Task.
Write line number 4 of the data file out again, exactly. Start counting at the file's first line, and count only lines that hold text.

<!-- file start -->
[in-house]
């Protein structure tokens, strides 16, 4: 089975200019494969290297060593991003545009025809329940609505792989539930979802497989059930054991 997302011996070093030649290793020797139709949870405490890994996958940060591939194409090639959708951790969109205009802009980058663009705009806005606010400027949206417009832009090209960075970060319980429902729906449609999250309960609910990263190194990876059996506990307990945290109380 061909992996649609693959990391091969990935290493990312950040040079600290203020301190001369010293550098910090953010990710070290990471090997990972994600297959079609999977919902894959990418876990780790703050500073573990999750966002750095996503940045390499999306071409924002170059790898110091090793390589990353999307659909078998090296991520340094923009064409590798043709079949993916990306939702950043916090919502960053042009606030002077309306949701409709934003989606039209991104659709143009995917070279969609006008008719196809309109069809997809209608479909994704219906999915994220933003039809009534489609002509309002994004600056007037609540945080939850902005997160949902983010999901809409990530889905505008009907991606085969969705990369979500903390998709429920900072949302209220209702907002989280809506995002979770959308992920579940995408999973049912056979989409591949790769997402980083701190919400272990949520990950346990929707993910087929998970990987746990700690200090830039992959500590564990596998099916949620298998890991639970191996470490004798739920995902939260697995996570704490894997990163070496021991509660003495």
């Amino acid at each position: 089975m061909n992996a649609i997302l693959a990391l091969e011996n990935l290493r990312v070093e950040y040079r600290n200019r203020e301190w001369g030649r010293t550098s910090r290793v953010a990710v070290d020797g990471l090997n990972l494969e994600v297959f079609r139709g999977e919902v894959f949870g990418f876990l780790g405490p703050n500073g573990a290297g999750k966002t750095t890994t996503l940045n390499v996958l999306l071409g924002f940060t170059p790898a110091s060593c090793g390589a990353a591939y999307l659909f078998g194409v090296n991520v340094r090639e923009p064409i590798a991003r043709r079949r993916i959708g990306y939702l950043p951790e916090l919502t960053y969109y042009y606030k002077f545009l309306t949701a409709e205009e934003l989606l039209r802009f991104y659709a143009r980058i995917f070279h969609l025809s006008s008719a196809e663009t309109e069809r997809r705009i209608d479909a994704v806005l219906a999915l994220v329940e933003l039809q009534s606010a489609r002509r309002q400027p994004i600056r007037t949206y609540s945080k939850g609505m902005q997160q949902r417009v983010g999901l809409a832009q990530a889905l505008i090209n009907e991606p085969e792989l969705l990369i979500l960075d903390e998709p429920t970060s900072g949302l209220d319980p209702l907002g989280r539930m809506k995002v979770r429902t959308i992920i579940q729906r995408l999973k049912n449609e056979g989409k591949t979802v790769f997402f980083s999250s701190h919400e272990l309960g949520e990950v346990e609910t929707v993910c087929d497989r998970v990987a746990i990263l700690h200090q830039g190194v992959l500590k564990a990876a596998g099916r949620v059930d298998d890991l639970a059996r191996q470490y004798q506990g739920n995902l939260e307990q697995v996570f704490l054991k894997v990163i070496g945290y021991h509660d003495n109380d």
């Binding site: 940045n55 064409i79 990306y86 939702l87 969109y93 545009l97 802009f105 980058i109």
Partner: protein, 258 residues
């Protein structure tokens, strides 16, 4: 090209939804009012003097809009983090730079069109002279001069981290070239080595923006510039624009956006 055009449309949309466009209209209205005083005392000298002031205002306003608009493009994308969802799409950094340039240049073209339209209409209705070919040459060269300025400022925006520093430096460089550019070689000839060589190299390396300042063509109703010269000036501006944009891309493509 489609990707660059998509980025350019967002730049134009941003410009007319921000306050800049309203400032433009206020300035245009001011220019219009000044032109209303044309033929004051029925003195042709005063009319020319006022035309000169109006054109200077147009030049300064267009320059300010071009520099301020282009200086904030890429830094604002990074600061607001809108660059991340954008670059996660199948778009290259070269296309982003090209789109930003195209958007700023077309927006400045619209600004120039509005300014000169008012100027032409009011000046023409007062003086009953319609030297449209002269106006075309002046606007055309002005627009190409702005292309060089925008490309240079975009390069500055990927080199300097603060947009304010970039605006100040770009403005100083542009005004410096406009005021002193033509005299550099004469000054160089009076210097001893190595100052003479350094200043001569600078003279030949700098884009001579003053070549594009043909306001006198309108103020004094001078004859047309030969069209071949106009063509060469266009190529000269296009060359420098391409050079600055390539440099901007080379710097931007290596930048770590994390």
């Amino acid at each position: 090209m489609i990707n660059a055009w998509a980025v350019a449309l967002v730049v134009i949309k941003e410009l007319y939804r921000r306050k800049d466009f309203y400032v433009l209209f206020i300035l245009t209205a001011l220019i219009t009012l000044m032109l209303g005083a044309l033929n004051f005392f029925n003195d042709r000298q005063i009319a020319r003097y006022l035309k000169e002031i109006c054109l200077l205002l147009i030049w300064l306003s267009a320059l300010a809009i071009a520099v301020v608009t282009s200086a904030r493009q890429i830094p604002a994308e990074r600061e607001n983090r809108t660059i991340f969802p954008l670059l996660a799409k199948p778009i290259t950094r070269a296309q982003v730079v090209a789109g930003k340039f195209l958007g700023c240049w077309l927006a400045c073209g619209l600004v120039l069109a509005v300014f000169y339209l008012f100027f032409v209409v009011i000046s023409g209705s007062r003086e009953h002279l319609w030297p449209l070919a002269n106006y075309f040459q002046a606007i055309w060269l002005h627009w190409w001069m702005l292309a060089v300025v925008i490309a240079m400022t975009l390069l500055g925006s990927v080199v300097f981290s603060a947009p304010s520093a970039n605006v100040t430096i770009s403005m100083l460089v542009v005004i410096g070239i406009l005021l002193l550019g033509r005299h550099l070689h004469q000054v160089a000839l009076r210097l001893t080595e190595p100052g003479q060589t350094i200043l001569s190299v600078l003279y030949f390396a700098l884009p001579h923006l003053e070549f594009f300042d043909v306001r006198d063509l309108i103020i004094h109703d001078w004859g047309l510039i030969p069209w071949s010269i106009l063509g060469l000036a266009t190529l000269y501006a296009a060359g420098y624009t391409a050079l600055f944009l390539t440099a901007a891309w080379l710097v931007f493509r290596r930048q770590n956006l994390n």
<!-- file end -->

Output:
């Binding site: 940045n55 064409i79 990306y86 939702l87 969109y93 545009l97 802009f105 980058i109």